The World History Center offers autumn greetings this year amidst the most profound uncertainty that the world has seen in decades. Since March 2020, the COVID-19 pandemic has killed over a million people worldwide, with its terrible toll falling disproportionately upon the planet’s most vulnerable people. The assault on democratic norms and institutions and the rise of fascism reverberates across continents. Disasters fueled by climate change include infernos across the Pacific coast of North America, while in China, the Yangtze Delta suffers from an unprecedented extent of flooding. In the midst of these bleak times, we look nonetheless with hope and gratitude at the long-overdue reckonings that the year has also brought, including the ongoing global engagement with the history of the enslavement of African-descended peoples and anti-Black racism, as well as the myriad traumas and injustices suffered by the world’s indigenous peoples.
Throughout this tumultuous year, we have found solace and insight through the study of world history. World History as a field and methodology reminds us that although pandemic, disaster, and oppression are common in human history, so too is recovery, resilience, and creativity.
In the spirit of hope and determination to grapple forthrightly with the past in hopes of building a more just world, the World History Center has planned events and programming for the academic year that address persistent and critical topics. The Center will present a series titled, “Global Indigeneities: Parallels and Intersections in the Global Fight for Reparations and Treaty Rights.” This series of diverse events aims to define and explore connections between past and present movements of resistance to settler colonialism and anti-Blackness. The WHC will also continue to cohost the Anthropocene: Epoch of Loss initiative in collaboration with the Global Studies Center. Finally, this fall, the World History Center is pleased to co-sponsor, with the Department of Sociology, a presentation by Jon Shefner about the logic of global economic policy, one by Fran Shor about white supremacy, and one by Joyce Hope Scott about global reparations. The WHC will also co-sponsor a talk by Jeffery Wasserstrom, hosted by the Pitt Asian Studies Center, about recent events in Hong Kong.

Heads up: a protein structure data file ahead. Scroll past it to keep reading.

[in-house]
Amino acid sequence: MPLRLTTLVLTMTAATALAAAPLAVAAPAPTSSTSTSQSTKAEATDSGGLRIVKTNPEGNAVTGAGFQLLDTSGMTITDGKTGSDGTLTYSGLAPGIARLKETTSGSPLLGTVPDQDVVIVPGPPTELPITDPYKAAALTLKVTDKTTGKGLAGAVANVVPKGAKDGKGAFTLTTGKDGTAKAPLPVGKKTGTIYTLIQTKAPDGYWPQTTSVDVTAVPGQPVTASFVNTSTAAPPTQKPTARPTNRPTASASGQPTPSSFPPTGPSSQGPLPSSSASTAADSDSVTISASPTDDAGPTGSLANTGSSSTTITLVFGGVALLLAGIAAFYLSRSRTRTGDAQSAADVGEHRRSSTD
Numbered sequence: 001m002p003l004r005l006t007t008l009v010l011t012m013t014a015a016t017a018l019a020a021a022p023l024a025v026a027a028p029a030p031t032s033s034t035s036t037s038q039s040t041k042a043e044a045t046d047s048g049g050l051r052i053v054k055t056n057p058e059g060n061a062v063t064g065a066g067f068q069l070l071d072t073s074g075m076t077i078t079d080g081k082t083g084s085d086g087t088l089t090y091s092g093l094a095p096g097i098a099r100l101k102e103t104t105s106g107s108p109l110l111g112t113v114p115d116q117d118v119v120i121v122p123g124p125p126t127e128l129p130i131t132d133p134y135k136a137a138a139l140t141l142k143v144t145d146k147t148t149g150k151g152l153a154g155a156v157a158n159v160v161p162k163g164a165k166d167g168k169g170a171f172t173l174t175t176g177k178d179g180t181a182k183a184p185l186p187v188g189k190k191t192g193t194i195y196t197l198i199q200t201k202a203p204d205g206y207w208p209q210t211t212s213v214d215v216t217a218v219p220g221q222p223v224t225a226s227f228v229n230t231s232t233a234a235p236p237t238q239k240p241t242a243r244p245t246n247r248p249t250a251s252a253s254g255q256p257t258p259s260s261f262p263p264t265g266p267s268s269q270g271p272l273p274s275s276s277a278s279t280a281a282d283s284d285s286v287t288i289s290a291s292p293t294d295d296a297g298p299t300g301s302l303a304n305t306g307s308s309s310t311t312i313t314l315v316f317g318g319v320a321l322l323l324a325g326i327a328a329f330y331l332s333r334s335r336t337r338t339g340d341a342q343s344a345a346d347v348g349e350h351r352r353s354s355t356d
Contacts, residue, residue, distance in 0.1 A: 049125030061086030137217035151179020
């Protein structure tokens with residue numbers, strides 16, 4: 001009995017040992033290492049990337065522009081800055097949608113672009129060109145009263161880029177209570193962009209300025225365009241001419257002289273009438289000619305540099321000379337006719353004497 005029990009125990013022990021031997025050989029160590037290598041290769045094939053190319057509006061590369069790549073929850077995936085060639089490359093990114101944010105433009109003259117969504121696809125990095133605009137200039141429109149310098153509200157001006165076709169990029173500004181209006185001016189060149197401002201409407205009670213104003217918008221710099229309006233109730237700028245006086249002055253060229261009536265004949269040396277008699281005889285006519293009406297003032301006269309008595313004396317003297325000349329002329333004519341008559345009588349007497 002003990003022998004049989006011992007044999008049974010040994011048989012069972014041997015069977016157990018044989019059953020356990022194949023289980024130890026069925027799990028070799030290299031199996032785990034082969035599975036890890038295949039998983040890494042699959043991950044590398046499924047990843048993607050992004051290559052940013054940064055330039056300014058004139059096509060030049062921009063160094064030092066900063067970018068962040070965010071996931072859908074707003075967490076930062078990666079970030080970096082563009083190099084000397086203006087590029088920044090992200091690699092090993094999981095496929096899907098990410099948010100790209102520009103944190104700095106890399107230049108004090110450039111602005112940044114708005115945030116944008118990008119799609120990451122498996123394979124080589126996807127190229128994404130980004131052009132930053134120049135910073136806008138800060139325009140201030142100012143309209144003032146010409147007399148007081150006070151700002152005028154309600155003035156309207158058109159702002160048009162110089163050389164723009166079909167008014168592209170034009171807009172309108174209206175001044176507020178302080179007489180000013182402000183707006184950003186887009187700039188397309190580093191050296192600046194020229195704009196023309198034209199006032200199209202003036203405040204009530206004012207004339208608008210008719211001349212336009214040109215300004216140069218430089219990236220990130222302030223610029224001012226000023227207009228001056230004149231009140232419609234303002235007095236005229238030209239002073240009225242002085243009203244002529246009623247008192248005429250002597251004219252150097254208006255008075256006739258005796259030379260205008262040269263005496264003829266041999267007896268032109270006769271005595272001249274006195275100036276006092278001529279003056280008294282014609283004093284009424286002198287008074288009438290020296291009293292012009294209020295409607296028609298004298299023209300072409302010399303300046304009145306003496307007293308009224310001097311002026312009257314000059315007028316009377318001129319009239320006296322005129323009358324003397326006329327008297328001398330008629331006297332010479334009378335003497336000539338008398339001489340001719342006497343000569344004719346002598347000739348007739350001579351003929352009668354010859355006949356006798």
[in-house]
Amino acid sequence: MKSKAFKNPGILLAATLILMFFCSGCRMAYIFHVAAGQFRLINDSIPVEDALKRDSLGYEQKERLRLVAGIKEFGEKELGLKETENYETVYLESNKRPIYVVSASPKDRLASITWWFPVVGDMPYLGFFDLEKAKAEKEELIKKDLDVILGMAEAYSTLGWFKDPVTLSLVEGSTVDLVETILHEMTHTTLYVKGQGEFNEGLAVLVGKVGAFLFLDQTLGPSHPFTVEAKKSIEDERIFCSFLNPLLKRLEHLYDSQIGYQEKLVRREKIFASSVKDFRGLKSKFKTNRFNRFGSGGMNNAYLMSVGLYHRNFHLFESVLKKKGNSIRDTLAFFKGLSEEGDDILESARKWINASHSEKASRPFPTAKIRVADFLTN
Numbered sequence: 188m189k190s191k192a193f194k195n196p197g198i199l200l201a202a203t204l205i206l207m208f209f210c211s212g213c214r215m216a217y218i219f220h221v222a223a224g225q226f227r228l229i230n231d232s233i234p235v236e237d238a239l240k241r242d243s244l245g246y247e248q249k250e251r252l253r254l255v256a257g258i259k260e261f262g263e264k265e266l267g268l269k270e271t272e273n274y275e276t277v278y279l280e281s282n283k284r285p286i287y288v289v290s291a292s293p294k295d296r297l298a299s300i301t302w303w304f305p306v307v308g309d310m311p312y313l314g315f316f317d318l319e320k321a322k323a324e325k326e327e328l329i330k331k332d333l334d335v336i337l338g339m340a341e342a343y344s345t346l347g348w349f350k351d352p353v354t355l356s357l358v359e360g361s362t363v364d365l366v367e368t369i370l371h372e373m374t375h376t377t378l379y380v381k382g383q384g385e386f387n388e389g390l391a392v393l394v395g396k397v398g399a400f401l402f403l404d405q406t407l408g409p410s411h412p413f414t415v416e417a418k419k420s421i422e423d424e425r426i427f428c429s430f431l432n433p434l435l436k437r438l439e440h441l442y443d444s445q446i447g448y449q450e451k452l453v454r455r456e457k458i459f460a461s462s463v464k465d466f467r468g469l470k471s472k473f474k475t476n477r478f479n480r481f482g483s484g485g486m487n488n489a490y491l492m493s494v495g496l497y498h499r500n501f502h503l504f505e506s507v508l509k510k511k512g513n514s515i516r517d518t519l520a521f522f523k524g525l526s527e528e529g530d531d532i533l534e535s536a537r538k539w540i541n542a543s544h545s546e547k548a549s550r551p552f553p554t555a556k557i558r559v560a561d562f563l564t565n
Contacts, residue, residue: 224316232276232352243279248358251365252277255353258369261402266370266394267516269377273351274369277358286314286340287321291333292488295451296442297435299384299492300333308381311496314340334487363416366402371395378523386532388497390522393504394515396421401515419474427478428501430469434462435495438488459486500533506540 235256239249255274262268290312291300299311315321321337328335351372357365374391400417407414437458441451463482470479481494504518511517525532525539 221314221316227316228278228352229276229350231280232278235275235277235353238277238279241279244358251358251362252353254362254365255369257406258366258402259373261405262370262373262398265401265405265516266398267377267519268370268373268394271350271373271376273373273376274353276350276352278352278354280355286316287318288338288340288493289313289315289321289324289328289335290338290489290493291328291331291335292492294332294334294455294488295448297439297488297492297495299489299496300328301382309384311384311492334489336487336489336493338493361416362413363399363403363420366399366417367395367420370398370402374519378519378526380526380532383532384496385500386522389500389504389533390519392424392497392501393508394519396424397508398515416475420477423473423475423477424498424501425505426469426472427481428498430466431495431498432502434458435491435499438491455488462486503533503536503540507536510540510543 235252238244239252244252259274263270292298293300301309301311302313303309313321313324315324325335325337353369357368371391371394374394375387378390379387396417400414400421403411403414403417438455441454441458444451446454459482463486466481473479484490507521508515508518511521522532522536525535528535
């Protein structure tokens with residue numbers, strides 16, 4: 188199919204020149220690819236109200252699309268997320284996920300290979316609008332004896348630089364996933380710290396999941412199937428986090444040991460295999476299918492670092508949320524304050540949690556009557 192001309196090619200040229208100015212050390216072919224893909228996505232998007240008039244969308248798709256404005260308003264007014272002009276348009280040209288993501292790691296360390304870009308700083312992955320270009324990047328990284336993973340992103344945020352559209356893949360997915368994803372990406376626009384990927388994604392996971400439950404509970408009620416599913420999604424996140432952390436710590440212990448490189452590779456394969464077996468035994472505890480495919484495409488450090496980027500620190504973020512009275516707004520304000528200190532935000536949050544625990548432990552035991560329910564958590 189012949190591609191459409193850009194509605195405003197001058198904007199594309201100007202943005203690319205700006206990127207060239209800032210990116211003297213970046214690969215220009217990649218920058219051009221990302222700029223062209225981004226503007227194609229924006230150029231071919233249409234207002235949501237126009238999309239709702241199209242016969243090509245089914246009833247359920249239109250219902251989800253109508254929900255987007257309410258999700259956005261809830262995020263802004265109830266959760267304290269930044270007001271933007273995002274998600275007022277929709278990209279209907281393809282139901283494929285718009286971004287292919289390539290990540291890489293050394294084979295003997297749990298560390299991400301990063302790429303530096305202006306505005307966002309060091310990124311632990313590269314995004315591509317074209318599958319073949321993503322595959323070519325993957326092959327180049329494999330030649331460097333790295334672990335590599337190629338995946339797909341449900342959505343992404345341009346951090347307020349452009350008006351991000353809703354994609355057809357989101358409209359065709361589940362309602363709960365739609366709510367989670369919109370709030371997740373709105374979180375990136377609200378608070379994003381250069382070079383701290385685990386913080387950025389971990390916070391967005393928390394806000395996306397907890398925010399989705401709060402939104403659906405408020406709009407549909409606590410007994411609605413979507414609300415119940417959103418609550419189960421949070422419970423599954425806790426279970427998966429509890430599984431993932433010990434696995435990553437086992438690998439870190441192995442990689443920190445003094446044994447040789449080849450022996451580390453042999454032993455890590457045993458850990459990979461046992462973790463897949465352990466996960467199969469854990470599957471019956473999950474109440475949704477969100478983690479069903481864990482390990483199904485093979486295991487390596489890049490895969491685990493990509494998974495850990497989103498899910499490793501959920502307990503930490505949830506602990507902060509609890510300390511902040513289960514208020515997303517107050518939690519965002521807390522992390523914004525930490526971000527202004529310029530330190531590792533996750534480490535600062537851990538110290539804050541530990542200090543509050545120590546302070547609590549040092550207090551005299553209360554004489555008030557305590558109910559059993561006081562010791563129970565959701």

The WHC also continues to support a robust program of educational activity and outreach. WHC Associate Director and Head of Educational Outreach Molly Warsh continues to direct the Alliance for Learning in World History (ALWH). In the summer of 2020, the Alliance sponsored a day-long virtual professional development workshop for over fifty educators on the topic of “Teaching the Global African Diaspora.” The materials generated by all Alliance-sponsored professional development workshops, as well as additional world historical teaching materials collected by the Center, will soon be available to the public through the Center’s exciting new partnership with National Humanities Center. The NHC’s Humanities in Class Digital Library, an Open Education Resources Platform, will serve as the hosting platform.
Meanwhile, in the WHC, Pitt undergraduate scholars receive training in digital history in the Digital Atlas Design Internship under the direction of Postdoctoral Fellow Susan Grunewald. Dr. Grunewald is also hosting a historical spatial data hackathon as part of our co-sponsorship of GIS Day in November. In the spring of 2021, the Center will fund a Graduate Student Assistant in Public History, providing a student in the Dietrich School the opportunity to showcase their dissertation work in a public facing project. Graduate students in the history department can also pursue a Credential in Teaching World History. We congratulate our most recent teaching credential awardee, Bethany Wade. Please contact WHC Research Associate Ali Straub if you would like more information about any of these opportunities.
Research and publication activities are a cornerstone of the World History Center. The summer 2020 issue of the Journal of World-Systems Research features a timely discussion about global reparations. Both myself and former founding director Patrick Manning helped shape the discussion and co-authored the introduction. The WHC is also delighted to report that the World Historical Gazetteer is now live. This platform offers infrastructure and content for exploring historical place names and for enhancing contributed datasets with information about named places. The WHC also continues to host working groups that permit groups of faculty and graduate students to explore thematic topics in the global and transregional past. Our newest one is the Italian Diaspora Archive Research Map Project.
Finally, the Center is delighted to welcome new affiliates to the WHC. For the 2020-2021 academic year, the Center will host two virtual research affiliates, Katherine Hart and Artan Hoxha. Vicky Shen joins us as the Graduate Student Fellow in World History. We are delighted to have Alexandra Straub, our new Research Associate, overseeing and initiating all of these activities.
We are grateful to you all for spending some of this difficult year with the World History Center.